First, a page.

Since the peak of June 2014, the price of oil has plummetted by about 70%. At the time when the price was in the vicinity of $140 per barrel, no one really believed it could ever come down. So-called oil experts talked about “peak oil” theory and how the petroleum reserves were dwindling and so the price of oil would never fall below $100 per barrel. Think-tanks that put out regular updates scared people by saying a barrel of Brent crude could cost about $200. This was a scary scenario for consumers, but music to those economies that live off commodities.
“This is for France’s Syrian policy,” screamed the terrorist as he fired inside the Le Bataclan theatre in Paris. Around 70 people died in this carnage in the theatre alone. Another 50 were shot by marauding terrorists in other parts of the city. There are also reports that a Syrian passport was found on the body of a militant who committed suicide, like seven of his comrades who participated in the Paris carnage. Why are the terrorists of the Islamic State upset with France?
They know little of the taste of meat. For their monotonous daily food they have nothing but a little khichri, made of ‘green pulse’ mixed with rice, which is cooked with water over a little fire until the moisture has evaporated, and eaten hot with butter in the evening; in the daytime they munch a little parched pulse or other grain, which they say suffices for their lean stomachs,” wrote Franco Palsaert in his report, based on the seven years he spent in Agra.
Syria has seen unmitigated destruction but it has taken the picture of a little drowned child to stir the West’s conscience
Sanjay kapoor Delhi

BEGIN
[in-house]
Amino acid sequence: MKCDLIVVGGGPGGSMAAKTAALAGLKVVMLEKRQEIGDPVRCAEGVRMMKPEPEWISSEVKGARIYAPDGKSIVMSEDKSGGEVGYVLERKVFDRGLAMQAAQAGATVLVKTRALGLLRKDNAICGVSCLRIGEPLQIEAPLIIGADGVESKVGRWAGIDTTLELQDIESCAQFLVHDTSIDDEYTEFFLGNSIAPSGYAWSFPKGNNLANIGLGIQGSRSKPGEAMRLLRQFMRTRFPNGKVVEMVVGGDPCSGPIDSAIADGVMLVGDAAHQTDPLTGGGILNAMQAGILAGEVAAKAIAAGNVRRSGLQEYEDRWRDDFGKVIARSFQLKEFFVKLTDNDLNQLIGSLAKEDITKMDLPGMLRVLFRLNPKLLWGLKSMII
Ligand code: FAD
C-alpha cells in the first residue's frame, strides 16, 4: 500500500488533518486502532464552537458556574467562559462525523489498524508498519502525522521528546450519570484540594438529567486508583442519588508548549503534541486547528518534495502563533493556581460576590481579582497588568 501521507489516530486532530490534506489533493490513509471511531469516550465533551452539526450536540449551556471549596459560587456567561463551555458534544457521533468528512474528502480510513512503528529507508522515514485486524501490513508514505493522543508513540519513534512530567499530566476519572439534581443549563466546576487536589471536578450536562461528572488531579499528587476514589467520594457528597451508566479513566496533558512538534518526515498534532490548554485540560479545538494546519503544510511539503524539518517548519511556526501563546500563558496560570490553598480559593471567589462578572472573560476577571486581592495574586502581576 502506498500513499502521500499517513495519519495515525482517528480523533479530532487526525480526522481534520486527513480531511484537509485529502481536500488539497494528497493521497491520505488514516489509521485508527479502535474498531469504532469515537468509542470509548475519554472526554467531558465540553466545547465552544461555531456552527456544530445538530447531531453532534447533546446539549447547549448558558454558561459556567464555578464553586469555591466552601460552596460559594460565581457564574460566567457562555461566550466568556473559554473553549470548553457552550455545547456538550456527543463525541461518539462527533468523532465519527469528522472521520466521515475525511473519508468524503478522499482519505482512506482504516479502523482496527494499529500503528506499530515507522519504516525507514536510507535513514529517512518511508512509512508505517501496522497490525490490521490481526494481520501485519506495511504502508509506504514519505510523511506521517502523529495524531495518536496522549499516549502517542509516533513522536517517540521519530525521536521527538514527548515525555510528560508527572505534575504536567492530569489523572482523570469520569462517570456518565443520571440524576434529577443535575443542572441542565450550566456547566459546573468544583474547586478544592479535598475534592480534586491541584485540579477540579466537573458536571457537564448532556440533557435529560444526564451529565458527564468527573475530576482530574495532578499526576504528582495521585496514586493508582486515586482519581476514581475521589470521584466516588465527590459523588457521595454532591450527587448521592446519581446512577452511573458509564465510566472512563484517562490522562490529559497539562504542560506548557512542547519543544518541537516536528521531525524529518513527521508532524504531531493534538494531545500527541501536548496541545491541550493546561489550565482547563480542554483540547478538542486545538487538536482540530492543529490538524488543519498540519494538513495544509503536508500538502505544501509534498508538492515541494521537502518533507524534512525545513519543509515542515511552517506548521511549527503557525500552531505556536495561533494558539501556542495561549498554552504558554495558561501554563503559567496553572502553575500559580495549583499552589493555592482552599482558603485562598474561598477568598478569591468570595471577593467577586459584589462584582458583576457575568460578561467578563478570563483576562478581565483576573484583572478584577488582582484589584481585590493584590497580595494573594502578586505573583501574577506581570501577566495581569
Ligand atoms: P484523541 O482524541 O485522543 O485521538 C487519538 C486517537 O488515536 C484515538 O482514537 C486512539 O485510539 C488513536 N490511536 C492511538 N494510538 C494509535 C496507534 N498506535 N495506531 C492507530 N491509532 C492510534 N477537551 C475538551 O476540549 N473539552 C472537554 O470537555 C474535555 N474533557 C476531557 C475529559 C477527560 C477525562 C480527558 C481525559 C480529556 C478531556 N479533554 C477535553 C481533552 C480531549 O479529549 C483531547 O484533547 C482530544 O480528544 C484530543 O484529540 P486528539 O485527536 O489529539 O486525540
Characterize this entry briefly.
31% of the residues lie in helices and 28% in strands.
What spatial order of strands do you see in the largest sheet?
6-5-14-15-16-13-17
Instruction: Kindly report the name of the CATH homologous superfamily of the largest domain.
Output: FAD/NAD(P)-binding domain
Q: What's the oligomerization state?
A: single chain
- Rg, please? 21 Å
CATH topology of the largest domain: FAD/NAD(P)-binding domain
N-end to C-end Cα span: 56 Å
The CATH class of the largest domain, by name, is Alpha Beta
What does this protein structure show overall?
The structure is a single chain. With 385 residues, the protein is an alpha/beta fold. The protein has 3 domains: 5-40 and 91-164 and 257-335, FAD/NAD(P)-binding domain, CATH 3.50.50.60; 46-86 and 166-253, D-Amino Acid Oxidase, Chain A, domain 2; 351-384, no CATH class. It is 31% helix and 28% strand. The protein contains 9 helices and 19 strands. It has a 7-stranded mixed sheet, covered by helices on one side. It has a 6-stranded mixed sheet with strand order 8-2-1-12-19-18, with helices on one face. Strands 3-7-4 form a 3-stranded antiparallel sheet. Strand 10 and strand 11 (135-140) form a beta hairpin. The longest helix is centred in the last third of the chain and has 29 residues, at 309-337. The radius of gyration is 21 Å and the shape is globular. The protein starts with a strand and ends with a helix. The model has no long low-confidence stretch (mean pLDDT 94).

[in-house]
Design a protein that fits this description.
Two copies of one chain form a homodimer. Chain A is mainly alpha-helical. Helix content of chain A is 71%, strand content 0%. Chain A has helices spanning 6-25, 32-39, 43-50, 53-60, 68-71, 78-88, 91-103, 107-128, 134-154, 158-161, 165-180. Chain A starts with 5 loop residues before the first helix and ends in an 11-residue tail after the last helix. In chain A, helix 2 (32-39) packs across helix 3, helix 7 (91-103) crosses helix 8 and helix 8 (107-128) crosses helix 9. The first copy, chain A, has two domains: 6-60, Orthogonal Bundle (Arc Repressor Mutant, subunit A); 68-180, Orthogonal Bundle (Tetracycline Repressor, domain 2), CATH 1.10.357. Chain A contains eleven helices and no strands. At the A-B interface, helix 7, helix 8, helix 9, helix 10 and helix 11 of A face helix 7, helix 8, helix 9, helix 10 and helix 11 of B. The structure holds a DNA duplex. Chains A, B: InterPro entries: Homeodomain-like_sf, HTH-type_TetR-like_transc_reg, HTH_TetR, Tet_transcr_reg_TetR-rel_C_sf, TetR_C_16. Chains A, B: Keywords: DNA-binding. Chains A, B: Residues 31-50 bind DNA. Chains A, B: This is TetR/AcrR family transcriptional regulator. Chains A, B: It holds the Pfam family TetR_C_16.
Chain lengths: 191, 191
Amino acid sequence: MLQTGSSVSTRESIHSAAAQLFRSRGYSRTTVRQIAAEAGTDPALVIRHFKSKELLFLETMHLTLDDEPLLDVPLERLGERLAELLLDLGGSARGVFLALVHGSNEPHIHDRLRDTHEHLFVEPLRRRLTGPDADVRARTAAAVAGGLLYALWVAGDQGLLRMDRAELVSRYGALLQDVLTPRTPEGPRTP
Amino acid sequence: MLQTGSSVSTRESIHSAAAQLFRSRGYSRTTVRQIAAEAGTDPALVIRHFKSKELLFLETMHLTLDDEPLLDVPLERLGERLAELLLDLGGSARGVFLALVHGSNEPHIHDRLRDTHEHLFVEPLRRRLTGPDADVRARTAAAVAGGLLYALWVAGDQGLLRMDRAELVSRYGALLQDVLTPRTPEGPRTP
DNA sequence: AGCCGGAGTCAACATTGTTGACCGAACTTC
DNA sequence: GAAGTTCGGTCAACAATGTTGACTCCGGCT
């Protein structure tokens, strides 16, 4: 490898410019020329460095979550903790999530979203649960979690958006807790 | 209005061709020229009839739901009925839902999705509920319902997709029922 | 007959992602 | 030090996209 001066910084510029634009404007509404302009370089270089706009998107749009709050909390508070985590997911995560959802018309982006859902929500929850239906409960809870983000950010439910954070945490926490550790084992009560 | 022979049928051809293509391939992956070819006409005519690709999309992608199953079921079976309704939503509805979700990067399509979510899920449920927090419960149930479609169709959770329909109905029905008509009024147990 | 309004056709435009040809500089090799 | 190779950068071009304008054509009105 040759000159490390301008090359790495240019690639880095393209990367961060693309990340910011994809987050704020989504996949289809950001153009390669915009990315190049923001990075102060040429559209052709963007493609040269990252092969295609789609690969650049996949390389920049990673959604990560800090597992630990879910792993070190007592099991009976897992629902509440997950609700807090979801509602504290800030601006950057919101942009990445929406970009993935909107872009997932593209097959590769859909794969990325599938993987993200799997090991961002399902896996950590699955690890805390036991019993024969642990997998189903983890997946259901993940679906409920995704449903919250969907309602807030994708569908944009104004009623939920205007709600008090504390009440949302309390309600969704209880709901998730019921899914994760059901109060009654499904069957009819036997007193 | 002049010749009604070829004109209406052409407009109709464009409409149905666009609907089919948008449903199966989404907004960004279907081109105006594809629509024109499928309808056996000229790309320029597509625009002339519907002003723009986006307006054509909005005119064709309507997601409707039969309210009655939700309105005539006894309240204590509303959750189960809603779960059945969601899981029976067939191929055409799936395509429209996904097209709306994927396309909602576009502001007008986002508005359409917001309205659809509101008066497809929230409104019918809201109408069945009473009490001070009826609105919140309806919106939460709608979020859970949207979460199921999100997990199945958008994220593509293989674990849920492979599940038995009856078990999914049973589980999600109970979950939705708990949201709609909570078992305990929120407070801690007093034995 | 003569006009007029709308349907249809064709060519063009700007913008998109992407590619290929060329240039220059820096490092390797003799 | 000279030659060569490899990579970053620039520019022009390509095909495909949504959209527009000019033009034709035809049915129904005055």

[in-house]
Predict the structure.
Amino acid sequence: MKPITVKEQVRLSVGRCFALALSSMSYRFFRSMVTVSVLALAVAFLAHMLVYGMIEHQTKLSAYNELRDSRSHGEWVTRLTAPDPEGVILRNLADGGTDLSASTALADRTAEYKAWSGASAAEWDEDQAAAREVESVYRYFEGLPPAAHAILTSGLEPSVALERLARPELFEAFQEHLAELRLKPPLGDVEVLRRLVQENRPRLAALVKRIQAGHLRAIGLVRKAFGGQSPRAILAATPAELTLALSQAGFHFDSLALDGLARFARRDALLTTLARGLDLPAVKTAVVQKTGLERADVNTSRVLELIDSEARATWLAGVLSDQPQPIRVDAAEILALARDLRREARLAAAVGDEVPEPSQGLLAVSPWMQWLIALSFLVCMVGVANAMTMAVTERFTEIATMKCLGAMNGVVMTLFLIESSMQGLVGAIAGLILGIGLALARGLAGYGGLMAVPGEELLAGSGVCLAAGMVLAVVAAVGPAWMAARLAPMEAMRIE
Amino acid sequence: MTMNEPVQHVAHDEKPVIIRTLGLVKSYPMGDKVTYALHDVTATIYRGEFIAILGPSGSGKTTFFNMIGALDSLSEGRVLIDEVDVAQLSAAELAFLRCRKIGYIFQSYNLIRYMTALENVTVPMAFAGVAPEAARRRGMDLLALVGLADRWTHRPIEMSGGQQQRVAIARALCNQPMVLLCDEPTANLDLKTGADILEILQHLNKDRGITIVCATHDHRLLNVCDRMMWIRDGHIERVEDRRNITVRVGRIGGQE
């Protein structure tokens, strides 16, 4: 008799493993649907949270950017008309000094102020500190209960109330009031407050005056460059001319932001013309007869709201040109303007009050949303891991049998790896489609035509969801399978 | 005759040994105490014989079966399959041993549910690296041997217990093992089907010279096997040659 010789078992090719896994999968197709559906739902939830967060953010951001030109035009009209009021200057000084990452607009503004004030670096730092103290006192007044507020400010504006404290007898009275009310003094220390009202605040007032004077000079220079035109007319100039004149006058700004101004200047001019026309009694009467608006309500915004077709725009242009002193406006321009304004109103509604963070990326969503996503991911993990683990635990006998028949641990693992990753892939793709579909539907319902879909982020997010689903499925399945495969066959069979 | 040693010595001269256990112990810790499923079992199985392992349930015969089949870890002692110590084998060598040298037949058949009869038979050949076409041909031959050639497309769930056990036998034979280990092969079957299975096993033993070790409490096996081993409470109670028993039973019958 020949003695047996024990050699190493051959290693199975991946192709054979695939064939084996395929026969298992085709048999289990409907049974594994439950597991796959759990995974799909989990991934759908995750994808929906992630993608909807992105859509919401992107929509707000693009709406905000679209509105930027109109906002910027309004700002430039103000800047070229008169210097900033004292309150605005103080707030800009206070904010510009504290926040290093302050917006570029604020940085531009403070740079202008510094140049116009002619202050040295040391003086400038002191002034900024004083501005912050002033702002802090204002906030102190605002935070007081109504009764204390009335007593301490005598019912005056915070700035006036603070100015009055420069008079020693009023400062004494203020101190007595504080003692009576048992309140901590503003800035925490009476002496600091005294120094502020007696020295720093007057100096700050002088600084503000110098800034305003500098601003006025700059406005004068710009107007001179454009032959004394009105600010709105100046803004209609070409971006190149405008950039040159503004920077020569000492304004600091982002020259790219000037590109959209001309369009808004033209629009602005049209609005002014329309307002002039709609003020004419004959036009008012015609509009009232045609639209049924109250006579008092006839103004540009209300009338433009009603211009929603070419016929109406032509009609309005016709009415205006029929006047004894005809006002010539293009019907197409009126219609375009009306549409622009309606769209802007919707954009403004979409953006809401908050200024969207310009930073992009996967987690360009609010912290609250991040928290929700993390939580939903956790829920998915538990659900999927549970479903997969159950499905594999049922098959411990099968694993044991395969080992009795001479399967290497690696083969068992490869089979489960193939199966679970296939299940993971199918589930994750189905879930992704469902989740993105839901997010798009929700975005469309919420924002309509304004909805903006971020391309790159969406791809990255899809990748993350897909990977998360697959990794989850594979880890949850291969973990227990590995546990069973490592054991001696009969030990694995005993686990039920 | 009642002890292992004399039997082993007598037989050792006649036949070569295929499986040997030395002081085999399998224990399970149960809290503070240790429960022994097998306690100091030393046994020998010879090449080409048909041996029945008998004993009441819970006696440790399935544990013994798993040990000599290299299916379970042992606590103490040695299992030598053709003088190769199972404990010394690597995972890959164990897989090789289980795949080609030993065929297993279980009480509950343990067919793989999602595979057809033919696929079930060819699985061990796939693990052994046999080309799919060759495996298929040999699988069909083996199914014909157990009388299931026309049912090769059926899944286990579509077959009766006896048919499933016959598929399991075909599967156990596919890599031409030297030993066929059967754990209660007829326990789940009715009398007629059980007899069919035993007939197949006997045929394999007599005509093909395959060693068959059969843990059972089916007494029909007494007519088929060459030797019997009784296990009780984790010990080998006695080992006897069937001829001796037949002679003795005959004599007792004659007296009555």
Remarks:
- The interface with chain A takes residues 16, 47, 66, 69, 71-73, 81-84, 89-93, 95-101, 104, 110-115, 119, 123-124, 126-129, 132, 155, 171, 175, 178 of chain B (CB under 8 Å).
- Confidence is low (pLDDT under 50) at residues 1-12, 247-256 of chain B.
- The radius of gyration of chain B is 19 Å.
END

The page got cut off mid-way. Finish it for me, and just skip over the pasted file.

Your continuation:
Small towns wake up early. In Dinanagar, Gurdaspur district, Punjab, terrorists woke up India at 5.30 am when they began shooting innocent people. A few minutes later, the news channels had found a juicy bone. They began to run breaking news about how terrorists had struck in Punjab, which had been free of violence for the last two decades. Shortly thereafter, the channels announced that the terrorists had occupied the police station of Dinanagar and were shooting from inside.
When The Indian Express reported that National Investigating Agency (NIA) officials told the Special Public Prosecutor in the Malegaon bomb blast case, Rohini Sailan, to quietly withdraw from the case, not many were really surprised. The report suggested that the agency official told Sailan that, after the new government took over in Delhi in 2014, there was little reason to pursue the case vigorously, as the political environment had changed.
Every day, there is some report or the other from troubled West Asia about the inexorable march of the Islamic State of Iraq and Sy
Just a couple of months ago, we had put Arvind Kejriwal on the cover, calling him—using cricketing parlance—a googly man, who had outwitted the BJP.
The Delhi police recently swooped down on some low-level government functionaries who were stealing documents from government departments.
The other day, one of the chambers of commerce grimly stated that Indian industry has not really seen any change in fortunes since the new government of Narendra Modi came to power
During the campaign for the 2014 parliamentary elections, besides the Congress and the Gandhi family, the target of a section of the BJP leadership and its front organisations was the media—both in terms of controlling it as well as viciously rubbishing it. This two-tack approach revealed itself, first, in manipulating the visual news media, which manifested itself in extensive coverage of BJP political rallies—creating an impression in the mind of the public about the inevitability of the imminent change. Social media multiplied its impact.
It is difficult to believe that these statistics weren’t available with the United Progressive Alliance (UPA) government at a time when it was severely disgraced, and savaged by vo